“Flushing the odd wet wipe may not seem like a big deal but I don’t think people realise the scale of the problem. Just one sewage station in East London removes 30 tonnes of wet wipes every day. In 2019, 23,000 wet wipes were counted and removed from a single stretch of the Thames foreshore in just two hours. That is even more terrifying when you consider that our reliance on wet wipes is growing day by day.
“It isn’t just causing environmental damage and polluting our marine environments, it is also costing water companies around £100 million per year to clear 300,000 blockages. That is money that then ends up on our water bills each month.
“It has been years since DEFRA announced it would target plastic-containing wet wipes in its bid to eliminate all avoidable single use plastic within 25 years. Well, it’s COP26 this week and the Environment Bill is going through Parliament. This is the perfect opportunity to make good on that promise. Let’s ban plastic in wet wipes once and for all.”
A spokesperson for the Marine Conservation Society said:
“The UK Government needs to ban plastic from wet wipes to further reduce our reliance on single use plastic and to prevent wet wipes from adding to the plastic soup in our seas”
Debbie Leach, CEO of Thames 21, said:
“Wet wipes made with plastic are contaminating our rivers and clogging our drains. They are building up in heaps on the River Thames foreshore, and the plastic in them could be devastating to wildlife in the river. We should never, ever flush a wet wipe – and our message to decision makers is that all wet wipes that contain plastic should be banned.”
A spokesperson for the WWF said:
“Banning all avoidable single use plastic by 2025 would force companies to develop new products that don’t fill our oceans with waste that never disappears. We can become the generation that changes our flushaway culture and begins to restore nature instead of destroying it, but we need government policy to lead the way.”
Notes to editors
For interviews with Fleur Anderson please call Mike Wain on 07947343662 or email email@example.com
Fleur will be visiting the East London sewage station to see the result of flushing wet wipes and will be going to see the island of wet wipes floating in the Thames. Pictures will be available and filming is welcomed.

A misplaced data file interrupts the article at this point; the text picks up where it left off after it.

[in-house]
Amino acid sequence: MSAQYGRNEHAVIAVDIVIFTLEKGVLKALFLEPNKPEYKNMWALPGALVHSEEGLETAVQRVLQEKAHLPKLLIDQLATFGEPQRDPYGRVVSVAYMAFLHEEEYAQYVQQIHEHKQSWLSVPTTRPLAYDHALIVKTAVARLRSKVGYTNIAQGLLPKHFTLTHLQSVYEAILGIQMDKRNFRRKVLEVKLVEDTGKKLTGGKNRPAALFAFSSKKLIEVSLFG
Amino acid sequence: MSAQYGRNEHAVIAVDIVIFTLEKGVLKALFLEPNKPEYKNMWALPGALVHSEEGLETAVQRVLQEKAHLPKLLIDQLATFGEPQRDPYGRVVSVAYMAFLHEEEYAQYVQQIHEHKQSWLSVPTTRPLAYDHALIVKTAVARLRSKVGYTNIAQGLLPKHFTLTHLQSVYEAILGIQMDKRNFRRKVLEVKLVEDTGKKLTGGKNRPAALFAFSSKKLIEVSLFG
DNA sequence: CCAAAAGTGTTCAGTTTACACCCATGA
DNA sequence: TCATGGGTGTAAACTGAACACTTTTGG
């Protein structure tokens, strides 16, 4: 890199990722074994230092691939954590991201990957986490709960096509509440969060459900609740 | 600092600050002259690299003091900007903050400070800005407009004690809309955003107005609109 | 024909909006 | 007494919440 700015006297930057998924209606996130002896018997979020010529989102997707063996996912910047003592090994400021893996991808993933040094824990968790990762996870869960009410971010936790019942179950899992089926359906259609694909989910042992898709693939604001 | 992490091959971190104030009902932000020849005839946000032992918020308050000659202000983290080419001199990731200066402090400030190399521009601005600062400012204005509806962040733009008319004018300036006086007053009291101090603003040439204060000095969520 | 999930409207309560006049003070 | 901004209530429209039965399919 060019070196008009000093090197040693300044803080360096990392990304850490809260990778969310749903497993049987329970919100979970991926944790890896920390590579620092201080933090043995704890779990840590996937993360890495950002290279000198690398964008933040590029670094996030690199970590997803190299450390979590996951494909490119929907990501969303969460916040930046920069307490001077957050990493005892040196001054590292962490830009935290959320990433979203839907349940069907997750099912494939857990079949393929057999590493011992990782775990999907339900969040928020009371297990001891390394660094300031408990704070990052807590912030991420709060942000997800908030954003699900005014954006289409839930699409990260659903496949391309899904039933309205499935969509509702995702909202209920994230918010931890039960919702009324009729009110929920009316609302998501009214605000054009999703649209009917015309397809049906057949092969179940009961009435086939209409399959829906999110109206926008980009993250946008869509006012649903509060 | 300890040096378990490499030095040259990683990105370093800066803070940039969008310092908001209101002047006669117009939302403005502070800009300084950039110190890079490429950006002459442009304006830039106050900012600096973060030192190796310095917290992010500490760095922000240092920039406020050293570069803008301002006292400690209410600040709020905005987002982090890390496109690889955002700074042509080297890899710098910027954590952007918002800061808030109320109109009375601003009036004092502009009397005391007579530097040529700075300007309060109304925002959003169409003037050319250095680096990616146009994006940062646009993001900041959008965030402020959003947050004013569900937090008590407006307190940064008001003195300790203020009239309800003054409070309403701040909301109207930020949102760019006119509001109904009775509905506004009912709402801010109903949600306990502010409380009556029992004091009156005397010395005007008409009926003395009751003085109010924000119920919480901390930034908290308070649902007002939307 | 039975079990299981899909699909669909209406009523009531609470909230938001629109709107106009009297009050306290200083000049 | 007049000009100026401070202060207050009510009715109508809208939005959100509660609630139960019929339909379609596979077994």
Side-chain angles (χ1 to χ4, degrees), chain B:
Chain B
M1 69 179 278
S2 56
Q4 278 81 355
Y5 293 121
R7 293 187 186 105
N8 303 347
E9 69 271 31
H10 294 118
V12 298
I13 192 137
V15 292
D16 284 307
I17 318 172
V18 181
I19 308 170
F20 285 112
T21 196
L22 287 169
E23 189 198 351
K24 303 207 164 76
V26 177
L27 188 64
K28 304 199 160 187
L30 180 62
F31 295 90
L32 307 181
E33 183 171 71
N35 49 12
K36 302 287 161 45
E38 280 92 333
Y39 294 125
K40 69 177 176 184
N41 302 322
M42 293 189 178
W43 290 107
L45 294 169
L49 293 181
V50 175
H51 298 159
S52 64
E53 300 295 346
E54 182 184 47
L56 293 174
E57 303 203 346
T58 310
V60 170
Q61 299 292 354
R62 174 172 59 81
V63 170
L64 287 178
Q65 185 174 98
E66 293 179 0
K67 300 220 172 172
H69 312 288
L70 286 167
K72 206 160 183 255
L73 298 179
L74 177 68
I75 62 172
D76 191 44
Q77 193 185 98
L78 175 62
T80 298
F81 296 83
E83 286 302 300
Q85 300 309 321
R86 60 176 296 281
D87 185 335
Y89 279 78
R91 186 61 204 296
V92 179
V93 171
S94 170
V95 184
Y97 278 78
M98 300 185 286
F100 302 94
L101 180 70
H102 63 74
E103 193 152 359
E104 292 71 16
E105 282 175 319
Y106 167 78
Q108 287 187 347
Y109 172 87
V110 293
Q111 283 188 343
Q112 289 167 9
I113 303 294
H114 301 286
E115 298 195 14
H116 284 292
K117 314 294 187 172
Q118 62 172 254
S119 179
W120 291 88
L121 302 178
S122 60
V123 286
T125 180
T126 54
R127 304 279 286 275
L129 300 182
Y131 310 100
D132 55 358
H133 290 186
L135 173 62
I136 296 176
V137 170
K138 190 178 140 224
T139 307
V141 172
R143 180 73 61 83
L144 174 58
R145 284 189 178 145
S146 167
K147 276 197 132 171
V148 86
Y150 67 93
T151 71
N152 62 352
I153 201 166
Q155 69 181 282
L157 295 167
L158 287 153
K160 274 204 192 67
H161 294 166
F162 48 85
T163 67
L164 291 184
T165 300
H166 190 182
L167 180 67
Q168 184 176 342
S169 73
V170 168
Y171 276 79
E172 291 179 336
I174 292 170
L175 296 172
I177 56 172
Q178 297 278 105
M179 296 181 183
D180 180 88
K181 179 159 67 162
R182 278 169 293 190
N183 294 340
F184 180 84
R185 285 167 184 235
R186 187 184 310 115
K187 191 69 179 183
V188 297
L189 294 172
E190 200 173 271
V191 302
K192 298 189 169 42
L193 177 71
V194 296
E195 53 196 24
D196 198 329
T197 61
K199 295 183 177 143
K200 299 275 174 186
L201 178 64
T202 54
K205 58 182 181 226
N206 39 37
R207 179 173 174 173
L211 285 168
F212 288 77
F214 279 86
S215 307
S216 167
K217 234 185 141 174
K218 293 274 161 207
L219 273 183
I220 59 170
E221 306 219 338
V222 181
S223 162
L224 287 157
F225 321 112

– Cross-party Parliamentary supporters of the Bill so far include: Sir Philip Dunne MP, Diane Abbott MP, Tim Farron MP, Caroline Lucas MP, Jim Shannon MP, Barry Gardiner MP, Ian Byrne MP, Lisa Cameron MP and James Gray MP.
– Globally, the wet wipes market is worth US$ 3.7 Billion and is growing rapidly. It is projected to be worth US$ 8.0 Billion by the end of 2031(Source: Future Market Insights).
– Further analysis of the identifiable ‘domestic’ flushed products found in blockages that 78% of the amount recovered were baby wipes, 9% surface wipes, 4% cosmetic and 2% ‘flushable’ wipes.
– During the Great British Beach Clean in 2020, 18 wet wipes were found on average per 100m of beaches in the UK. This was a considerable increase from 2005 (when they were first recorded as their own category) where the average number of wet wipes found was 1.7 per 100m.
– While most civil society organisations support the ‘fine to flush’ standard, there is widespread concern that many products are claiming to be flushable but do not properly meet the standard.
– Not all wipes which claim to be ‘flushable’, or similar, have passed this standard as it is voluntary standard. This standard should be mandatory and any wipes which do not meet ‘Fine to flush’ should be clearly labelled ‘Do not flush’ on the front of the packet.
– During the Environment Bill report stage in the Lords, Environment Minister Lord Goldsmith maintained that DEFRA was working on the issue of wet wipes, but cannot give a timeline or specific plans yet.